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Elastic collision with the sun

  1. Jun 22, 2008 #1
    1. The problem statement, all variables and given/known data
    Which of the following is a true statement concerning a comet passing near the sun? (Mass of comet and mass loss are negligible)

    1. The momentum of the comet is nearly conserved because the interaction with the sun is similar to an elastic collision.
    2. The momentum of the comet is nearly conserved because the interaction with the sun is similar to an inelastic collision.
    3. The mechanical energy (kinetic plus potential) of the comet is nearly conserved because the interaction with the sun is similar to an elastic collision.
    4. The mechanical energy (kinetic plus potential) of the comet is nearly conserved because the interaction with the sun is similar to an inelastic collision.

    3. The attempt at a solution
    The correct answer is C. I understand that the momentum of just the comet is not conserved, but rather the system's as a whole is, so that knocks out A and B. And since it is clearly not inelastic, it can't be D either.

    My question: NASA often uses this "slingshot" effect to accelerate objects without the use of fuel. If the object comes around the other side with more velocity than when it started, its KE must increase... where does that come from? The only potential energy I see is from the gravitational force of the sun. So I don't see how at equidistant points from the sun, one before the "collision" and one after, the KE could increase but the PE would be the same.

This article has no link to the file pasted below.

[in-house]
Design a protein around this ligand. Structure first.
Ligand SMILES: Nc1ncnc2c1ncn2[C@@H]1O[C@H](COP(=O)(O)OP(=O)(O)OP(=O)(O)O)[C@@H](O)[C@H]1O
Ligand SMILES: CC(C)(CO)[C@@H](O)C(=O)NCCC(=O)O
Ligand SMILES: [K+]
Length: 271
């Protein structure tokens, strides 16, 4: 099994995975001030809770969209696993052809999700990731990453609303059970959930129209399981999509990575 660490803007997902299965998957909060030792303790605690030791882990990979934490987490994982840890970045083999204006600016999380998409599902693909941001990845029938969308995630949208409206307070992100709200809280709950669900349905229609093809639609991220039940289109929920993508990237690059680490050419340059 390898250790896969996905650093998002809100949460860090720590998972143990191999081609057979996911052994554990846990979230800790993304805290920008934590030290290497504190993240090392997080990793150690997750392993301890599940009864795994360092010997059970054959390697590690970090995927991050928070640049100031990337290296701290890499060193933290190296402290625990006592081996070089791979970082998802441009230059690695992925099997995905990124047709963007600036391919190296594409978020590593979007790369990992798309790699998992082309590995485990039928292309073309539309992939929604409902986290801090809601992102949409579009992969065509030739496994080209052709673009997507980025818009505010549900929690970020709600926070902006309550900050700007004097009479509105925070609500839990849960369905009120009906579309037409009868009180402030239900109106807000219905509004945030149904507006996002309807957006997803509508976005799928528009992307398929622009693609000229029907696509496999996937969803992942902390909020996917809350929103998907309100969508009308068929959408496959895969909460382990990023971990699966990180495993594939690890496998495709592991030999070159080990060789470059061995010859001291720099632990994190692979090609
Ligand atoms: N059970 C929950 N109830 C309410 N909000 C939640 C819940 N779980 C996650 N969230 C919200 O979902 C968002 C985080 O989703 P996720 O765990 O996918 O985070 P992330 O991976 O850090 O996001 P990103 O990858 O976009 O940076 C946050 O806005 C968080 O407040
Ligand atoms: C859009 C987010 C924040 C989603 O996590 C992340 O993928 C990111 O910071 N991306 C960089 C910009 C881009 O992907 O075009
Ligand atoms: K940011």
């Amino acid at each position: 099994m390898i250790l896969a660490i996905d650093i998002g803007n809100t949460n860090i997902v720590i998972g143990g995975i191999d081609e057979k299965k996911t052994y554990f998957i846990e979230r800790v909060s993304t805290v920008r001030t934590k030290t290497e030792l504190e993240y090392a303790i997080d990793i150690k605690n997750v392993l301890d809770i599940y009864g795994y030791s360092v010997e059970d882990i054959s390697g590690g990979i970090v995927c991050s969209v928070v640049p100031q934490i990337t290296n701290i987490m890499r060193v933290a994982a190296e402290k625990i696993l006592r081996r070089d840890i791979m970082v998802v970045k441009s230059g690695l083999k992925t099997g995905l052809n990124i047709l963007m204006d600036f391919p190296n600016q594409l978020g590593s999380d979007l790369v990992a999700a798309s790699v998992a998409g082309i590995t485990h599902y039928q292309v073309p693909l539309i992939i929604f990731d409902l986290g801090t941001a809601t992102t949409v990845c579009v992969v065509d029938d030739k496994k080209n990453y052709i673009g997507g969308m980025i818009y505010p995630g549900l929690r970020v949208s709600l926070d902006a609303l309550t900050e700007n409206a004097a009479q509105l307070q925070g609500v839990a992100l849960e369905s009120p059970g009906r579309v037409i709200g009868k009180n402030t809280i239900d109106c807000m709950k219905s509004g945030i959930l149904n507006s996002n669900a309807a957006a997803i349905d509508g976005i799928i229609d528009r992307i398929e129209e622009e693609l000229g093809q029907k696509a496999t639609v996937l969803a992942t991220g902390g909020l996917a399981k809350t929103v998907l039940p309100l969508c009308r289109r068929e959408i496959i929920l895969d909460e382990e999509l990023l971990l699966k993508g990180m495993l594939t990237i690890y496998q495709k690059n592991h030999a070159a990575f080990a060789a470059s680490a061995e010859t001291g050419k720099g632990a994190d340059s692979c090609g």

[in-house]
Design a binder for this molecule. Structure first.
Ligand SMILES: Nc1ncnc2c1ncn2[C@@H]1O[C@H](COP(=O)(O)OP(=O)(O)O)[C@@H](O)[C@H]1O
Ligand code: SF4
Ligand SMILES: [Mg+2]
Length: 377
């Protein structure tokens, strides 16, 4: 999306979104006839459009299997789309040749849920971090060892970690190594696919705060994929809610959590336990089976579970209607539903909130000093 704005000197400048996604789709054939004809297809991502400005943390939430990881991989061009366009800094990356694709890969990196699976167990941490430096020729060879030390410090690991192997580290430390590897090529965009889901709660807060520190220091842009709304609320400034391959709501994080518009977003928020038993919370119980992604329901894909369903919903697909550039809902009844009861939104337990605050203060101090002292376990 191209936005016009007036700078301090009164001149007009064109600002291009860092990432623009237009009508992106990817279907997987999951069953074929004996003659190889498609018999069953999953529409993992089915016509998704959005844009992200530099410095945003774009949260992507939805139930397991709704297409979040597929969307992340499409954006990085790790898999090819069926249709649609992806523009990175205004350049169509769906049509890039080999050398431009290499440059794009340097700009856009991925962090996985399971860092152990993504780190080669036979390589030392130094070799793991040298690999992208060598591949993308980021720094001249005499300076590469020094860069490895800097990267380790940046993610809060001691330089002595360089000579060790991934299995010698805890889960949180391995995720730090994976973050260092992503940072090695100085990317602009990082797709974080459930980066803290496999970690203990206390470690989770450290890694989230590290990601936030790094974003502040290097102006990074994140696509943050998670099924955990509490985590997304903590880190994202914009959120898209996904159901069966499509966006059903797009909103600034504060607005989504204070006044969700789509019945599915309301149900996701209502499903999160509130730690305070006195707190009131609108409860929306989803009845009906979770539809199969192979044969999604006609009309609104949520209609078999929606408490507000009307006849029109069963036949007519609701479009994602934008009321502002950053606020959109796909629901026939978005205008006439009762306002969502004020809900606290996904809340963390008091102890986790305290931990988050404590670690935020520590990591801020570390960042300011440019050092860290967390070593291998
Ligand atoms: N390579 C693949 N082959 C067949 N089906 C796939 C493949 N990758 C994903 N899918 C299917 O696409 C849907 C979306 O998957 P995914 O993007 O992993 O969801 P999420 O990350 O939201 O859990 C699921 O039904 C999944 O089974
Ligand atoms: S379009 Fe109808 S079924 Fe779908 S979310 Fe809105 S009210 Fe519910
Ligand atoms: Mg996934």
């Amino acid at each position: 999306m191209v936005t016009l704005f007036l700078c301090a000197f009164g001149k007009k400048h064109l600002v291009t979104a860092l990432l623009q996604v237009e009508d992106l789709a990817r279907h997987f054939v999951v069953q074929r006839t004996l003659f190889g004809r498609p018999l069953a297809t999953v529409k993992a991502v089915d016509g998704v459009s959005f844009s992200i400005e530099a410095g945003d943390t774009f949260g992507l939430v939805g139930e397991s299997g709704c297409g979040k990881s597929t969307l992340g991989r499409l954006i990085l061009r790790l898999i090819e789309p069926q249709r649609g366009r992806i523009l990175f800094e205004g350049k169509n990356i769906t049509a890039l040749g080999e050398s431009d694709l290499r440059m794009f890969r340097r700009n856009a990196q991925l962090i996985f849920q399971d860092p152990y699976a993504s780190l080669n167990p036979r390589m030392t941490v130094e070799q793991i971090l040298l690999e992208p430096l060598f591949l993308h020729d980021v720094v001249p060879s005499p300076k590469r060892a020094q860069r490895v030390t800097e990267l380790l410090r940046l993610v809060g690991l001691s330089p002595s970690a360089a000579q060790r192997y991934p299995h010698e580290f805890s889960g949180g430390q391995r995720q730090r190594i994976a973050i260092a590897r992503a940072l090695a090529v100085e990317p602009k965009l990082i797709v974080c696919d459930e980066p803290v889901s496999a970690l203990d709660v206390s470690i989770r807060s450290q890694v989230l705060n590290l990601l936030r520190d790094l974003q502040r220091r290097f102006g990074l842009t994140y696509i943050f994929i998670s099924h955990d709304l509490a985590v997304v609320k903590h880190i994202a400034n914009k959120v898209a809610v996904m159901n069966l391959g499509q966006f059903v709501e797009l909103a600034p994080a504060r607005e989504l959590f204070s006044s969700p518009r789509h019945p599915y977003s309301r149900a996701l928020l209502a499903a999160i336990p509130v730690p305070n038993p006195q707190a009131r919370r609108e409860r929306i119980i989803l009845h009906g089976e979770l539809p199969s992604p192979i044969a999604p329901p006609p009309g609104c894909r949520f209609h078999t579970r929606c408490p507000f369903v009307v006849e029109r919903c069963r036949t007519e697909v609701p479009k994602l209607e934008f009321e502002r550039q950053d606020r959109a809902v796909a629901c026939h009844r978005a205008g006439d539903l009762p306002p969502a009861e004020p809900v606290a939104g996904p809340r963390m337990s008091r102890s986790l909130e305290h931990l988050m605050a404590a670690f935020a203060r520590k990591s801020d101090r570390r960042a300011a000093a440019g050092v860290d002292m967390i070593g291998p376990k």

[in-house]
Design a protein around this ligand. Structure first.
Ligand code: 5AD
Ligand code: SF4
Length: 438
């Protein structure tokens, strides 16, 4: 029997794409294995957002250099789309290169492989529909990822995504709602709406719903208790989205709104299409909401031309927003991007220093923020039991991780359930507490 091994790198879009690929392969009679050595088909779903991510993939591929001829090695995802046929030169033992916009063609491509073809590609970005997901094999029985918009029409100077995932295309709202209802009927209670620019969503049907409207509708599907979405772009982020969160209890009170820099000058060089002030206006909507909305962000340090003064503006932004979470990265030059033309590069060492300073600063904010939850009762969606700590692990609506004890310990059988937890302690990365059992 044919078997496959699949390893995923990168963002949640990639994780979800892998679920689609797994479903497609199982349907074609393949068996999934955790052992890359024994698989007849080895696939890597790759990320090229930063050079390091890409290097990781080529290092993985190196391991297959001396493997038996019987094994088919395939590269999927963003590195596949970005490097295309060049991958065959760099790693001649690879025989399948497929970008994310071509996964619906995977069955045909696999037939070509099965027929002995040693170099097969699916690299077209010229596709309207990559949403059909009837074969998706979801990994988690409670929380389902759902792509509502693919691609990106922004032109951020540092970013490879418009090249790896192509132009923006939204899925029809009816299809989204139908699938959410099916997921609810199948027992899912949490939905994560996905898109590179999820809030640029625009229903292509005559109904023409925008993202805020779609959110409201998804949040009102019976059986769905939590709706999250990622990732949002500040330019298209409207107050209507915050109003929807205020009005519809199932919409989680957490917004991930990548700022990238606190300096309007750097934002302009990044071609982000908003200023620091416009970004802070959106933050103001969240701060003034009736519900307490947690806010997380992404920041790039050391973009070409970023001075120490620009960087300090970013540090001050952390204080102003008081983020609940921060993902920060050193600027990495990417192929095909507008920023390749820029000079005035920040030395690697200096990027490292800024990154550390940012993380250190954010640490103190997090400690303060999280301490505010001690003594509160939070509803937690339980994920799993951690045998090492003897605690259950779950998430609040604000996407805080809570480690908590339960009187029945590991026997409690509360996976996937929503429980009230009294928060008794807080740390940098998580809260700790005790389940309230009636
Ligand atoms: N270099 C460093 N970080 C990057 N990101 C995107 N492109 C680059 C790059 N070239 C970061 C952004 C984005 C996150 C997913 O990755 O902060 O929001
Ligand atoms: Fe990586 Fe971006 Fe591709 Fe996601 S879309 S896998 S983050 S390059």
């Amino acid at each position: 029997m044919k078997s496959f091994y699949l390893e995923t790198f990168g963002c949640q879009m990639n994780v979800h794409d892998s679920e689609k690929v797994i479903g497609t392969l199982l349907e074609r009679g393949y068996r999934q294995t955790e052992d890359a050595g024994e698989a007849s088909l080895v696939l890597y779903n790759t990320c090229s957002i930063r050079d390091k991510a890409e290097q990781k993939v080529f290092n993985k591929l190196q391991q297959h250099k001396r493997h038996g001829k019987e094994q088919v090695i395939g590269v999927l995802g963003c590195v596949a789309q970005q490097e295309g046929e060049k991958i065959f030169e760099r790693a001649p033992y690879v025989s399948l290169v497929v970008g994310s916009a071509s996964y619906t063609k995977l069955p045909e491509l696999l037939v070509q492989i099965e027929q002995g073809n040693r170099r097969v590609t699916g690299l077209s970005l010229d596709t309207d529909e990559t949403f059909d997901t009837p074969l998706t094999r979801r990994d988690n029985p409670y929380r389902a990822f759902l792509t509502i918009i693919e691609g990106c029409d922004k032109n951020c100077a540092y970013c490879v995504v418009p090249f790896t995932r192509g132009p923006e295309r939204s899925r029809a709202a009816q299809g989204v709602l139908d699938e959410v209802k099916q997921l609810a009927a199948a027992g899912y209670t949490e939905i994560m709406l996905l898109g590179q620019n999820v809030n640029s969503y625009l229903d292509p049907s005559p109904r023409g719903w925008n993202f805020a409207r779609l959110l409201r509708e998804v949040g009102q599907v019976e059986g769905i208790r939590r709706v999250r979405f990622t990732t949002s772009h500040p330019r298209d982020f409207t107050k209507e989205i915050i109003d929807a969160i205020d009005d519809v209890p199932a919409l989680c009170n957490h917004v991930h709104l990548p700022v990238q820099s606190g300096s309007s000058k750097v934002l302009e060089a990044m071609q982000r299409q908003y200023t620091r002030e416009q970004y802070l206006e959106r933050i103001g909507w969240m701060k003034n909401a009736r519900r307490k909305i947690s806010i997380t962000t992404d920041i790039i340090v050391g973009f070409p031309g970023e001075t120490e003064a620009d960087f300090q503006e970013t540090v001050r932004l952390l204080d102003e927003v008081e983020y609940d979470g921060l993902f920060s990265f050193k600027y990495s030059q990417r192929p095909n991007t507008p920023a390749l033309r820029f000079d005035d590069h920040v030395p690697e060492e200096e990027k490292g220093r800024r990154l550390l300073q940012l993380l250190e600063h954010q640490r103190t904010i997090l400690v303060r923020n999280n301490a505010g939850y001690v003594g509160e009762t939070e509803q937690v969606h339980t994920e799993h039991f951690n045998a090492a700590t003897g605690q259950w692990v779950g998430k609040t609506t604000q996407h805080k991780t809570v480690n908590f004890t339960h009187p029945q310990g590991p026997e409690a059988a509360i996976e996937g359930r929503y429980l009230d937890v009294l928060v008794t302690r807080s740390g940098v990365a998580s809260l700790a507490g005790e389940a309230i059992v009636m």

Thank you so much!
     
  2. jcsd
  3. Jun 22, 2008 #2
    The slingshot effect you mention I believe comes from the fact that the planet they use to slingshot around is not standing still. The movement of the planet gives you the extra KE needed.

    In fact you could calculate this...

    Suppose you have a large planet (Jupiter for example) with mass M, moving with speed V, to the left.
    Then suppose you have a spacecraft of mass m, moving with speed v, to the right. (So the planet and spacecraft are moving towards eachother).
    After the spacecraft has passed jupiter (so it is now moving to the left aswell, it 'bounced' off the planet) it has a speed w (to the left) and the planet has a speed W.
    The relation between their momentum and KE would be:
    [tex]mv - MV = P = -mw - MW[/tex]
    [tex]1/2 mv^2 + 1/2MV^2 = KE = 1/2mw^2 + 1/2MW^2[/tex]

    Working this out further:
    [tex]m(w^2 - v^2) = M(V^2 - W^2)[/tex]
    [tex]m(w-v)(w+v) = M(V-W)(V+W)[/tex]

    And
    [tex]m(w+v) = M(V-W)[/tex]

    This leads to:
    [tex]w-v = V+W[/tex]

    Note finally that W has changed only a tiny little bit due to the planet's very large mass, so we can say:
    [tex]V+W = 2V[/tex]

    So finally:
    [tex]w = v + 2V[/tex]

    I hope this is right :)
     
    Last edited: Jun 22, 2008
  4. Jun 22, 2008 #3
    Thank you for taking the time to answer....

    I can actually follow along with the math pretty well. And I intuitively understand how the spaceship would pick up speed.... What I can't reconcile is that the total mechanical energy of the spaceship would be conserved. If it picks up twice the speed of the planet, its KE is multiplied by 4. Since the total mechanical energy = KE + PE, it would seem that the PE would have to drop dramatically. But the only potential energy I see is the gravitational enery, which would be the same at equidistant points before and after the collision. So if the potential energy is the same, but the KE has increased by a factor of 4, where's the conservation??

    Thank you!!
     
  5. Jun 23, 2008 #4
    I guess that in the question above they assumed the sun to be standing still, not moving (there is no mention of the comet picking up speed). I can't think of any other answer lol...
     
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